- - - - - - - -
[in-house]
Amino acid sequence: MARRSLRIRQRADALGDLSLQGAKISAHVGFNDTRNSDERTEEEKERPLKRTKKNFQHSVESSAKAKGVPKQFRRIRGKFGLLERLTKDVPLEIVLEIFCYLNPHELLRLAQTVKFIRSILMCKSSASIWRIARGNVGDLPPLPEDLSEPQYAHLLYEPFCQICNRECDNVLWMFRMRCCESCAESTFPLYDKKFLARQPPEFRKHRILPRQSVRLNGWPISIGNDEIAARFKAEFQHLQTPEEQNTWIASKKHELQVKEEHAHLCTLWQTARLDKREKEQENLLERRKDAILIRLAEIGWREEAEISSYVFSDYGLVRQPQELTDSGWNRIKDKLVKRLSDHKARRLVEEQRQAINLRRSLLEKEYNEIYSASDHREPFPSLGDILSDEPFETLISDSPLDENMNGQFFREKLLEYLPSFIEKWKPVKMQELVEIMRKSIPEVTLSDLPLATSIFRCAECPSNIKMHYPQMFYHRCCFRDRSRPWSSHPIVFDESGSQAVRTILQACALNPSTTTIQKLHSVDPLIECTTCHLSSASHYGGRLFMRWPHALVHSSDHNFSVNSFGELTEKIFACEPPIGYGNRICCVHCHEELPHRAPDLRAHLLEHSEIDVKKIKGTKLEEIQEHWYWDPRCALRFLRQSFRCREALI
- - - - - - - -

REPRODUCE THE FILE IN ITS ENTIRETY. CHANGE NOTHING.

[in-house]
Amino acid sequence: MARRSLRIRQRADALGDLSLQGAKISAHVGFNDTRNSDERTEEEKERPLKRTKKNFQHSVESSAKAKGVPKQFRRIRGKFGLLERLTKDVPLEIVLEIFCYLNPHELLRLAQTVKFIRSILMCKSSASIWRIARGNVGDLPPLPEDLSEPQYAHLLYEPFCQICNRECDNVLWMFRMRCCESCAESTFPLYDKKFLARQPPEFRKHRILPRQSVRLNGWPISIGNDEIAARFKAEFQHLQTPEEQNTWIASKKHELQVKEEHAHLCTLWQTARLDKREKEQENLLERRKDAILIRLAEIGWREEAEISSYVFSDYGLVRQPQELTDSGWNRIKDKLVKRLSDHKARRLVEEQRQAINLRRSLLEKEYNEIYSASDHREPFPSLGDILSDEPFETLISDSPLDENMNGQFFREKLLEYLPSFIEKWKPVKMQELVEIMRKSIPEVTLSDLPLATSIFRCAECPSNIKMHYPQMFYHRCCFRDRSRPWSSHPIVFDESGSQAVRTILQACALNPSTTTIQKLHSVDPLIECTTCHLSSASHYGGRLFMRWPHALVHSSDHNFSVNSFGELTEKIFACEPPIGYGNRICCVHCHEELPHRAPDLRAHLLEHSEIDVKKIKGTKLEEIQEHWYWDPRCALRFLRQSFRCREALI